The Nautalis in Vedauwoo, Wyoming
Me, hanging around in Rocktown, GA

Clay Thomas

Hello! I'm a PhD student in the Computer Science Theory group at Princeton. I'm broadly interested in TCS, and recently I've been studying Algorithmic Game Theory. I completed my undergrad in Mathematics and Computer Science at Purdue University, where I was fortunate to be advised by Elena Grigorescu.

My other interests include rock climbing, gymnastics, and teaching.

Here's my CV


V. Gandikota, E. Grigorescu, C. Thomas, and M. Zhu. Maximally recoverable codes: The bounded case. In Allerton Conference on Communication, Control, and Computing, 2017. [paper] [slides]

Modern distributed storage systems employ Maximally Recoverable codes that aim to balance failure recovery capabilities with encoding/decoding efficiency tradeoffs. Recent works of Gopalan et al (SODA 2017) and Kane et al (FOCS 2017) show that the alphabet size of grid-like topologies of practical interest must be large, a feature that hampers decoding efficiency.

To bypass such shortcomings, in this work we initiate the study of a weaker version of recoverability, where instead of being able to correct all correctable erasure patterns (as is the case for maximal recoverability), we only require to correct all erasure patterns of bounded size. The study of this notion reduces to a variant of a combinatorial problem studied in the literature, which is interesting in its own right.

We study the alphabet size of codes withstanding all erasure patterns of small (constant) size. We believe the questions we propose are relevant to both real storage systems and combinatorial analysis, and merit further study.


Paper Survey: New Lower Bound Techniques for the Query Complexity of Truthful Mechanisms. With Uma Girish. For Matt Weinberg's "Open Problems in AGT" course. [report]

A survey of "Computational Efficiency Requires Simple Taxation" by Shahar Dobzinski.

You Can't Handle the Lie: Next-Hop Verification in BGP. With Gavriel Hirsch. For Jennifer Rexford's "Advanced Networking" course. [report]

BGP, the control-plane interdomain routing protocol used in today's internet, is notoriously difficult to secure and verify. This paper presents a new protocol called Next-Hop Verification, which reduces the set of contexts in which autonomous systems are incentivized to lie while participating in BGP. The protocol works by sharing information about BGP path announcements between different ASs, using the existing structure of the network, and checking those path announcements against the true flow of traffic in the data plane. We discuss the advantages and disadvantages of this new approach, and compare its effectiveness to that of previously considered verification techniques, focusing on cases where next-hop verification provably eliminates the incentives to lie in BGP. While our protocol is likely not practical, we believe it makes progress towards a more secure version of BGP in which ASs are able to "check each other" to enforce honesty.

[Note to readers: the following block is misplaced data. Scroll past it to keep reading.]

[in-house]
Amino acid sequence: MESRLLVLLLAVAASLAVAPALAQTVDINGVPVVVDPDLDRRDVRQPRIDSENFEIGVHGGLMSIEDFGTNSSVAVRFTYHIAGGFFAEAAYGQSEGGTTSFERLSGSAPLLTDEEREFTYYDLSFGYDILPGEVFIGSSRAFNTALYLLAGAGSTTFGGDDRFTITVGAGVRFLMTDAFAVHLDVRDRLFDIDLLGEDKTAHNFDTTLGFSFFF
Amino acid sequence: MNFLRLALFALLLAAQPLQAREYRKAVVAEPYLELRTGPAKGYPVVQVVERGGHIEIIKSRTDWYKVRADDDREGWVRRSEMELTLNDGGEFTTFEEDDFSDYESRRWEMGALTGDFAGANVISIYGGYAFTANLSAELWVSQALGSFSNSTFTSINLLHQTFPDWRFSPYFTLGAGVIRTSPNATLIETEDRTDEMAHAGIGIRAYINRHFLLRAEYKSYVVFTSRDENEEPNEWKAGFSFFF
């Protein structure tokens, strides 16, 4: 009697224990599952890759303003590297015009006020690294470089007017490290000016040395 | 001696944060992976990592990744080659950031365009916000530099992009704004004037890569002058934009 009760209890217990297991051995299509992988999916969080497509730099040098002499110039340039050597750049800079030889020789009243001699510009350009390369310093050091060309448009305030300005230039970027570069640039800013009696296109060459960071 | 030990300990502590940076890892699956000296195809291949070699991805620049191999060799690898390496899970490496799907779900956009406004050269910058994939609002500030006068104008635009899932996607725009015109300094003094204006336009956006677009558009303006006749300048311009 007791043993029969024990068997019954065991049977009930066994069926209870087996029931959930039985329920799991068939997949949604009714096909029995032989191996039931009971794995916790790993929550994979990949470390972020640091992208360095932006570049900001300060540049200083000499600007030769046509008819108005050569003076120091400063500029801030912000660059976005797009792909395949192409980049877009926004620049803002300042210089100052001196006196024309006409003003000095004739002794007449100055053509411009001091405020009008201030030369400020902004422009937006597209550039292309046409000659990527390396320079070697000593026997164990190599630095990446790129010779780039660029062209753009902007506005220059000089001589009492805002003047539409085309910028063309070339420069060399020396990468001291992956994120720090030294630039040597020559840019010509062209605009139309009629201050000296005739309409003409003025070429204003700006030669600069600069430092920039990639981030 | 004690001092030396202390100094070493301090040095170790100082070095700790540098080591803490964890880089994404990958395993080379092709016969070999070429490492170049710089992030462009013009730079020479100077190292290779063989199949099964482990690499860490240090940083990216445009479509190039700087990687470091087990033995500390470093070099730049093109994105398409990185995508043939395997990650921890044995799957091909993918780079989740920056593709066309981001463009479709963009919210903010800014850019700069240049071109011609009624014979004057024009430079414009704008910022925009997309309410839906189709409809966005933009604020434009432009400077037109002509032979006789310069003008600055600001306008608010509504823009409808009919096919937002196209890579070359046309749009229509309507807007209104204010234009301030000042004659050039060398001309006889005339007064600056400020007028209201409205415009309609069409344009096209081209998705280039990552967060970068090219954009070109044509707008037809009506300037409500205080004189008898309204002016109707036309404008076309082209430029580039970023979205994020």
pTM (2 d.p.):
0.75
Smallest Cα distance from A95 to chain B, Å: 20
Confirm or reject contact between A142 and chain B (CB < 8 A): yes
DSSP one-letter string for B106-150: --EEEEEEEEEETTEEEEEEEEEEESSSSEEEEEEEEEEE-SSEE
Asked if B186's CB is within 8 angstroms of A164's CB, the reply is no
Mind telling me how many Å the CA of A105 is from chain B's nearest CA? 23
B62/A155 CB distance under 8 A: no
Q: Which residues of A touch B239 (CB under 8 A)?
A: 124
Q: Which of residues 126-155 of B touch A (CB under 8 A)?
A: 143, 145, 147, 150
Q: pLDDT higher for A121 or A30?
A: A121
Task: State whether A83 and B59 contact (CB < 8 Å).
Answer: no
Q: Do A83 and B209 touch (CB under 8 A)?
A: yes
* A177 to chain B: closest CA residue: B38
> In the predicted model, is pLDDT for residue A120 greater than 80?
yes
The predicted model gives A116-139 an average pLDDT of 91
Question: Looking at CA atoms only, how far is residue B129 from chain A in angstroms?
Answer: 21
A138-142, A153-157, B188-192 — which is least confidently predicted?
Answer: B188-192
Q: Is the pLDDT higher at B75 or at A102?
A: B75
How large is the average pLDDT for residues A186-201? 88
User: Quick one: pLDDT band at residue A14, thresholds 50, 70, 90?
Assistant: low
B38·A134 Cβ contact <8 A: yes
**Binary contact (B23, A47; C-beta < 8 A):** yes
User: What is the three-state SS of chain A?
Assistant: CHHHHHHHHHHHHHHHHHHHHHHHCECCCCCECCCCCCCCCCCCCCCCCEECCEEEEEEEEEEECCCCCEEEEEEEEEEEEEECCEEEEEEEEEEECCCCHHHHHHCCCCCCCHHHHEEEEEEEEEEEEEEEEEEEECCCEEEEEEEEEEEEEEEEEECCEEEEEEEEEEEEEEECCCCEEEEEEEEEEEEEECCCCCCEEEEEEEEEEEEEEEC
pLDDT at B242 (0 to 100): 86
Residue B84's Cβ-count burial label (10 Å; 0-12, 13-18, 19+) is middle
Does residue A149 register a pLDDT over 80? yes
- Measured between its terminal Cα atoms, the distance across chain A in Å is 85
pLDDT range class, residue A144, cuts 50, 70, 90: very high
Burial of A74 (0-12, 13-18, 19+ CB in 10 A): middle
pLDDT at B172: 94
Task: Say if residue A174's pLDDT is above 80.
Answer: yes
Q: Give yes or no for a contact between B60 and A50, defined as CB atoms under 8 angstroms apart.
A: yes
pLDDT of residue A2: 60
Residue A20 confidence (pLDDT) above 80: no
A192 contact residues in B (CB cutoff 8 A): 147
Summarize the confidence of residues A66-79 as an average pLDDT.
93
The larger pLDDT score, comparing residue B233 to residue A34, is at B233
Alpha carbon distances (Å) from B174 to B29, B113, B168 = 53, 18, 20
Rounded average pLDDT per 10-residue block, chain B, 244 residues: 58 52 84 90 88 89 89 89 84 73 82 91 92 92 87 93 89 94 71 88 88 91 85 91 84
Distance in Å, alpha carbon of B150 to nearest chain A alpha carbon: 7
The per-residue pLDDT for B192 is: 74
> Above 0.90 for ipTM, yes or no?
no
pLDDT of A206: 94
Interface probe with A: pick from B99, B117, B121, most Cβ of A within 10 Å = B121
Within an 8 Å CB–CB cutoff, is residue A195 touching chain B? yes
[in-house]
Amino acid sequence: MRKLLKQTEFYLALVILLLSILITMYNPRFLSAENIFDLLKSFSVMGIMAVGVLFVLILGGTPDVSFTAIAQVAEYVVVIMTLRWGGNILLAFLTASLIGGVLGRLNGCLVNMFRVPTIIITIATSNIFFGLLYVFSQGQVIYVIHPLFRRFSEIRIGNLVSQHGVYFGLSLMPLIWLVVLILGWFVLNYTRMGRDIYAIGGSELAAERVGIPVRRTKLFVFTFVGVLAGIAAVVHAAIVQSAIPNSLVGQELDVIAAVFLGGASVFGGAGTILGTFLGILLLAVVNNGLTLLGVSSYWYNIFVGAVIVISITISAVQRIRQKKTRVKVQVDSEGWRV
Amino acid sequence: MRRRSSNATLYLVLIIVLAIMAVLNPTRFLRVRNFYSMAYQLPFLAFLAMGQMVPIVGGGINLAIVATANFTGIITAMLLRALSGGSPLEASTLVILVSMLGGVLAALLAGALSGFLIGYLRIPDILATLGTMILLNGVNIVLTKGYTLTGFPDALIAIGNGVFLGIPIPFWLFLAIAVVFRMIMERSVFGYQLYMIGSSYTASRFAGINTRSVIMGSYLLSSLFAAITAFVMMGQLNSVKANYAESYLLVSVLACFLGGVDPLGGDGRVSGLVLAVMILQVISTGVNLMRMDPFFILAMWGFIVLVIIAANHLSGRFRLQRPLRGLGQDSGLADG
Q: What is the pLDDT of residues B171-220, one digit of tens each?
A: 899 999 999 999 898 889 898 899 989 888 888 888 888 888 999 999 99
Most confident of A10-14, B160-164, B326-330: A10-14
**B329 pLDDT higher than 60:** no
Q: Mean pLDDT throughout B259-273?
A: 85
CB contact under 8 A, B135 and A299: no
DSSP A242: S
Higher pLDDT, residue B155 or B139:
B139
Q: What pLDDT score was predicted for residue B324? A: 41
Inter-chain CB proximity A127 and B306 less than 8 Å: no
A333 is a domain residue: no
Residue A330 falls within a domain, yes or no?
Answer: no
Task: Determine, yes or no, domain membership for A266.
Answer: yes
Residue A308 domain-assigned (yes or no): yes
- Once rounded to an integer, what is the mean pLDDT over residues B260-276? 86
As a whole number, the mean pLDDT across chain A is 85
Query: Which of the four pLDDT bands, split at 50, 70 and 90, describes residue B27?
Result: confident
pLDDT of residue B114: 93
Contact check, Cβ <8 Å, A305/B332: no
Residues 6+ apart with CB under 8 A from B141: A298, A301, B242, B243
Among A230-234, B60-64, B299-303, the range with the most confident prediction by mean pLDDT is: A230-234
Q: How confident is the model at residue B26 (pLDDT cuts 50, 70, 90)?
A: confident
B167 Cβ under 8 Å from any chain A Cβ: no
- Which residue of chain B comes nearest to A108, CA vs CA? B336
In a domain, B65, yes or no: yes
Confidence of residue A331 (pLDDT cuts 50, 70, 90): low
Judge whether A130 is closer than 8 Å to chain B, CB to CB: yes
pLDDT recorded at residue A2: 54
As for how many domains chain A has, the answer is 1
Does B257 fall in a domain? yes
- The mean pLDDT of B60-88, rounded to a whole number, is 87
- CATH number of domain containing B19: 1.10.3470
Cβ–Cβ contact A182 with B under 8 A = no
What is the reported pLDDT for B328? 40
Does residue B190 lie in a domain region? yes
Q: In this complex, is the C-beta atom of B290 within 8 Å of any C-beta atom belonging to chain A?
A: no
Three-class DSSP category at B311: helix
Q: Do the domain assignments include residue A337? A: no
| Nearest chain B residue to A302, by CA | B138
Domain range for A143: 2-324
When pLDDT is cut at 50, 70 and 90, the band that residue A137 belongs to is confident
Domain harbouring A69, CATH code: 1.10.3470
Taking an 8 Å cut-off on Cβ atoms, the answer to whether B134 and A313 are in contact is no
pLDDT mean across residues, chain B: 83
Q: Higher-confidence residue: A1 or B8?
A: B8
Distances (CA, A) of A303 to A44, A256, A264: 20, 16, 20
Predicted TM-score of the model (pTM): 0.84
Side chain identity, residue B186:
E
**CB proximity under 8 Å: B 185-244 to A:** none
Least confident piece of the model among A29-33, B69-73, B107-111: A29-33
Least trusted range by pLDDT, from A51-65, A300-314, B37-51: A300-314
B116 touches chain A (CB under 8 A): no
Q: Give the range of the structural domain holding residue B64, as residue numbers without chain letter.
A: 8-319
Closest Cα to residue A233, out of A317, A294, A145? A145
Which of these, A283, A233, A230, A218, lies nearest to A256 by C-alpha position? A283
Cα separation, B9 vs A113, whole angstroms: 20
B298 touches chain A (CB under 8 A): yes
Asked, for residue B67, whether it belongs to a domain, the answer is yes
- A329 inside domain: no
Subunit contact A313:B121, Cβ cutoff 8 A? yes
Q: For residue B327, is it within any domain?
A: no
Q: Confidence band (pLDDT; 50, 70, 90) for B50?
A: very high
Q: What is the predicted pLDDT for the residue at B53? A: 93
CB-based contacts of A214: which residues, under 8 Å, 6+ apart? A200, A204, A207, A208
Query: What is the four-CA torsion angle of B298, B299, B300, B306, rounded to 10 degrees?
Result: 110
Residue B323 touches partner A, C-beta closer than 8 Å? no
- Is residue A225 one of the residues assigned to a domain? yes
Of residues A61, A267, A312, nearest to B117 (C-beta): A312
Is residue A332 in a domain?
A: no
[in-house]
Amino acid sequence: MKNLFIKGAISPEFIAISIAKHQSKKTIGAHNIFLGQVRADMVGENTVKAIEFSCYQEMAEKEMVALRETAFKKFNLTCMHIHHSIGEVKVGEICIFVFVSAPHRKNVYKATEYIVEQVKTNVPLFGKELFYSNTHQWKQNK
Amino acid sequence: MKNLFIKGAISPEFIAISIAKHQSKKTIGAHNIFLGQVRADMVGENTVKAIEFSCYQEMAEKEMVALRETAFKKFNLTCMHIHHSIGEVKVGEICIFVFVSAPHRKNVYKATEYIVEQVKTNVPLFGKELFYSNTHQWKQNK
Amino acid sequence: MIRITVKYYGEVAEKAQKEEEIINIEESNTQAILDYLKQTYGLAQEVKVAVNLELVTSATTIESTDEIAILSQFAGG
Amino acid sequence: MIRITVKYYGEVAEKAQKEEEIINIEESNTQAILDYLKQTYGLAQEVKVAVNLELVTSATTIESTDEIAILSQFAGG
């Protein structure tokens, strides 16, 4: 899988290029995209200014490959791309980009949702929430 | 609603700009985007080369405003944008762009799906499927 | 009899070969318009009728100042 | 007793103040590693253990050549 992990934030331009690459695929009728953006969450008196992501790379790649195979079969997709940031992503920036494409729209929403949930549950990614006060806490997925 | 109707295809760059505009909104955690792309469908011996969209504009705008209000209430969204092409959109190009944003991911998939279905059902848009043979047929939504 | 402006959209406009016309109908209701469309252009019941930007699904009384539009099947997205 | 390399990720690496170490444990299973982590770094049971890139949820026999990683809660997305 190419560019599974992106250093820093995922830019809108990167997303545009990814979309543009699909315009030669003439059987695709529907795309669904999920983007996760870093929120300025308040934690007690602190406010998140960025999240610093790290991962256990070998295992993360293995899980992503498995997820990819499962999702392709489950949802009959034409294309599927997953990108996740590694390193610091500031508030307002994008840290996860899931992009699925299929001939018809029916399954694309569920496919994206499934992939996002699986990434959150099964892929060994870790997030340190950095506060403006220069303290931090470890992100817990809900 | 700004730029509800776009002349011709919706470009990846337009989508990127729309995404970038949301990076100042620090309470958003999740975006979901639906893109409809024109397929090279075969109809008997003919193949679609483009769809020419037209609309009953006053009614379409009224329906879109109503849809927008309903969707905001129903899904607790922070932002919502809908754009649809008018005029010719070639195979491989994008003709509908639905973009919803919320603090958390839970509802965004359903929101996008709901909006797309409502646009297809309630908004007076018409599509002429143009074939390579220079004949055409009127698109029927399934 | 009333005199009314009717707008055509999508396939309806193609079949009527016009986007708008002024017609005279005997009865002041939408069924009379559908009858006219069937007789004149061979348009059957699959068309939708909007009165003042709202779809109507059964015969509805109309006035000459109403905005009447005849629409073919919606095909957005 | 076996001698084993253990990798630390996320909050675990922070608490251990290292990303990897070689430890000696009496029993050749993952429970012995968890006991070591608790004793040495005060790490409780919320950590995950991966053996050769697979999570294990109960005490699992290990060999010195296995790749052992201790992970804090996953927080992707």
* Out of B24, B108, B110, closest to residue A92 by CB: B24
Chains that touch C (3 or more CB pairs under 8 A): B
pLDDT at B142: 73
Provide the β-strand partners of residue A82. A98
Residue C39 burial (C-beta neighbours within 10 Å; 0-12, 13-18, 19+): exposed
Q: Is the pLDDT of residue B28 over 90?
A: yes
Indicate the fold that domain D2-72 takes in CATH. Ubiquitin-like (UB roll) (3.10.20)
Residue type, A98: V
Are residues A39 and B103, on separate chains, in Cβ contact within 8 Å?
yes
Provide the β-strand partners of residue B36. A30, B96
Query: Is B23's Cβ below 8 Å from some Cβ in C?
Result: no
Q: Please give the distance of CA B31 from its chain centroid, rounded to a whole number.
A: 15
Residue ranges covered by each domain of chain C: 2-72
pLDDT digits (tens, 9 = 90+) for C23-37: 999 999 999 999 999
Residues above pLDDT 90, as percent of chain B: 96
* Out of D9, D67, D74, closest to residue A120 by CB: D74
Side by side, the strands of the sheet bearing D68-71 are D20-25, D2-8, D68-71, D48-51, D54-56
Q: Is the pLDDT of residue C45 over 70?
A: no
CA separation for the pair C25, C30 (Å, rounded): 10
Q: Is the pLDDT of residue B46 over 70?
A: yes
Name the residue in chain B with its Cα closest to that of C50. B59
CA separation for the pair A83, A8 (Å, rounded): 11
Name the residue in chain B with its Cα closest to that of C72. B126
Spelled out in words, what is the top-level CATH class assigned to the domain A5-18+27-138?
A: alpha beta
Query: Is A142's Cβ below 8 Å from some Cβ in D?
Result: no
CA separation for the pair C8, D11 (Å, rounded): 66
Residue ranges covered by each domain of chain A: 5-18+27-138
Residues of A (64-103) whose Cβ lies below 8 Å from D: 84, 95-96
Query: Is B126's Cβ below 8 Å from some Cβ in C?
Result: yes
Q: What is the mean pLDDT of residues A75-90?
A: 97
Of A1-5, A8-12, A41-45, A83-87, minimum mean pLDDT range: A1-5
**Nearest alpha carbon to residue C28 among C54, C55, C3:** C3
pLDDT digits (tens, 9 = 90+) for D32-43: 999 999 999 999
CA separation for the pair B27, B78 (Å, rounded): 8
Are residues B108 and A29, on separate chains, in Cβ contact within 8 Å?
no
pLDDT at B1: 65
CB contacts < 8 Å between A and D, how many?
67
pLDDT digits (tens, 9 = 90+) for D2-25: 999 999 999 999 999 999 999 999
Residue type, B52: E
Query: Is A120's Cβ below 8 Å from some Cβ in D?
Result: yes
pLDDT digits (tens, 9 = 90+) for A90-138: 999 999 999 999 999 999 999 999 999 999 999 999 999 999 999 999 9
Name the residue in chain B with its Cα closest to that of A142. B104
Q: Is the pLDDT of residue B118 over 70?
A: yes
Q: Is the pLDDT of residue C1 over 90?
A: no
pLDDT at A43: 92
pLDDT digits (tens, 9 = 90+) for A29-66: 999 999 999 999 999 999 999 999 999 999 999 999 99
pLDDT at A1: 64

Verifying Structural Invariants of Programs. With Jacob Bond. For Roopsha Samanta's "Reasoning about Programs" course at Purdue. [report] [slides]

A core problem in program verification is checking the invariance of programs under certain transformations. For example, a maximum function should be invariant under the order of a list, and a find function on binary search trees should return the same result for equivalent trees (i.e. those which represent the same ordered list). For both of these data types, we've found simple operations that "generate" all equivalent data types, in the sense that applying those permutations in some order to any data structure can result in all structures equivalent to the input. Thus, checking the invariance of programs for these data types can be reduced to checking their invariance under the more simple "generating" operations. This idea could potentially be useful for reasoning about algebraic data types with a notion of equivalence.